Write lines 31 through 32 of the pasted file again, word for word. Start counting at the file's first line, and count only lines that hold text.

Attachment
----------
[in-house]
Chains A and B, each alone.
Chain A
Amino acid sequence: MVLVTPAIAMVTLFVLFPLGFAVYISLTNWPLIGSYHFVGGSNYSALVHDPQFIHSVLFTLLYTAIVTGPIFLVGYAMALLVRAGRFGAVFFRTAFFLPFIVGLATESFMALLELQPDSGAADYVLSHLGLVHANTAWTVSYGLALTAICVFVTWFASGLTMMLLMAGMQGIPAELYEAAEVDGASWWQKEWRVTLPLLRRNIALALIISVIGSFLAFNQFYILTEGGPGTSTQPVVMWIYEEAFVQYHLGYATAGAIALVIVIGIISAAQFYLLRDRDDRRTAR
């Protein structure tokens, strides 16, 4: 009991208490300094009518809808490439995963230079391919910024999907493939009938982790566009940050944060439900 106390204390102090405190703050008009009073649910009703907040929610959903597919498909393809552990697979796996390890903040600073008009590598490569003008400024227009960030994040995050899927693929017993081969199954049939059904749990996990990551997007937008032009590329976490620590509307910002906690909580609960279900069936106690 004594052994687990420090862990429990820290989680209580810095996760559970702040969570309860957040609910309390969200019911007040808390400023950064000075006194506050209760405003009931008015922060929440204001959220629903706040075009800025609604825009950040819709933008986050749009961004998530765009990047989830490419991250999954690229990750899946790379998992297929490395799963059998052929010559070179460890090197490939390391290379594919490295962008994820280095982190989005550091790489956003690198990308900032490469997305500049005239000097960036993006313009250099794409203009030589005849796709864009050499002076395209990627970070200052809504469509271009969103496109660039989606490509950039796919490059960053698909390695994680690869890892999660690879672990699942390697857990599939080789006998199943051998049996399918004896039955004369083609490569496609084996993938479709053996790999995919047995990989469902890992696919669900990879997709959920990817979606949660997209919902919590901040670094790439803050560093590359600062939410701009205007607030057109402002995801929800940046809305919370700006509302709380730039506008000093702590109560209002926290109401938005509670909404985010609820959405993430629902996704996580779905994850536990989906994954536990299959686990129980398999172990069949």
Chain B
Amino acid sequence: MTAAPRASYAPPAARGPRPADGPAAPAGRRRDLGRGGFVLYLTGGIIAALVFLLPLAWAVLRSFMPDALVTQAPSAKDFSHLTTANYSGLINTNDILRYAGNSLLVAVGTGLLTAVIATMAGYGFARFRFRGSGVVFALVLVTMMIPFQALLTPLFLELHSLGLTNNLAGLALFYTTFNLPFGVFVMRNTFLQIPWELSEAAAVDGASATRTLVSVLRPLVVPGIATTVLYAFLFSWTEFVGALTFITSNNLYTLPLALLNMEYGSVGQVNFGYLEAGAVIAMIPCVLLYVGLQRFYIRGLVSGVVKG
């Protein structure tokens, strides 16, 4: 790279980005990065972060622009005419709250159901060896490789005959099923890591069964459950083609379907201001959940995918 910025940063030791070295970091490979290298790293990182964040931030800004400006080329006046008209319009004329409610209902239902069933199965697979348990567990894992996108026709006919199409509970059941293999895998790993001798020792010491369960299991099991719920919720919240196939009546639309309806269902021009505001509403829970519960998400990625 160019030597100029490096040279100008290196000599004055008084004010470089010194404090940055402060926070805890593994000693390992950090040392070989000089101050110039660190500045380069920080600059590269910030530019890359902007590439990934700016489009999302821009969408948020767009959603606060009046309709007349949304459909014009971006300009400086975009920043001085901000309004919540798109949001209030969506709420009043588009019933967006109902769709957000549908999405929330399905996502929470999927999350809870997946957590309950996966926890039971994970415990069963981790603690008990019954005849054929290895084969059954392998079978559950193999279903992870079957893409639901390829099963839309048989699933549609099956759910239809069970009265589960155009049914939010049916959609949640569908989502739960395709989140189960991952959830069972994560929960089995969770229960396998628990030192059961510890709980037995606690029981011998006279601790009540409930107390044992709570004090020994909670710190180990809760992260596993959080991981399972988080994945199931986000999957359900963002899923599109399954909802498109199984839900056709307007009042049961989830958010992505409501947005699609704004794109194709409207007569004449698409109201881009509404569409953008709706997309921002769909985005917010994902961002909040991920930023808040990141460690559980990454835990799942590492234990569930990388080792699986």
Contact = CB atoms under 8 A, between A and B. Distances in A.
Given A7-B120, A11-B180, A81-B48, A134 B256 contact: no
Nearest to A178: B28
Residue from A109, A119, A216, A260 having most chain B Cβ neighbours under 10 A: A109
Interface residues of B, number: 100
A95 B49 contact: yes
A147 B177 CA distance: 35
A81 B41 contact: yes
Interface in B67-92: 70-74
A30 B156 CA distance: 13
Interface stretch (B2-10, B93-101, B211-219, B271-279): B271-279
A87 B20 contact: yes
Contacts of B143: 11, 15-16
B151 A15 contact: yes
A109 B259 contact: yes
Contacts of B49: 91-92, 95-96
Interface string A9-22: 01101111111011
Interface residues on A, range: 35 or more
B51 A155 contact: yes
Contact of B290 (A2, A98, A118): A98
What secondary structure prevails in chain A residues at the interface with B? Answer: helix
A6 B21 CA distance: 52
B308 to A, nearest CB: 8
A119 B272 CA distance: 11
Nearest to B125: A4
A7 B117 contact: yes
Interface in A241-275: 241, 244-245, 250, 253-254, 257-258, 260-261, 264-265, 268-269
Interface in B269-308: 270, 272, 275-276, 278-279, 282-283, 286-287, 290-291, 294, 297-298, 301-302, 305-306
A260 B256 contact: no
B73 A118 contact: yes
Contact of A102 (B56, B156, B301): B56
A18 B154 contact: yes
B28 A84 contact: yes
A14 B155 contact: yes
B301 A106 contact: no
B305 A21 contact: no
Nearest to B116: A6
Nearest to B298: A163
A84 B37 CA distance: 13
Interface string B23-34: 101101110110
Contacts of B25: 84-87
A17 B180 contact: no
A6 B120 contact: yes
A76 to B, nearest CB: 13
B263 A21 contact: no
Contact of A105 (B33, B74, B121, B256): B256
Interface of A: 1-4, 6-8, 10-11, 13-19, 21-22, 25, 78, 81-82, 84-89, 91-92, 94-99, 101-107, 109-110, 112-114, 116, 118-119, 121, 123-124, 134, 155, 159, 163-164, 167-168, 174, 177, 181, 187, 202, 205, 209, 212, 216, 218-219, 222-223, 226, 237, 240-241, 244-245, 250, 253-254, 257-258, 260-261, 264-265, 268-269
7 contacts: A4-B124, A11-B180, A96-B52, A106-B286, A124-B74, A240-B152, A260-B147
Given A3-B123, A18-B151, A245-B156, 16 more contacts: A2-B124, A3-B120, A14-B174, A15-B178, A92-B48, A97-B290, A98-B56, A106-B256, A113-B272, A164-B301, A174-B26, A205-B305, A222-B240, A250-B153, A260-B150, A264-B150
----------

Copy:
B308 to A, nearest CB: 8
A119 B272 CA distance: 11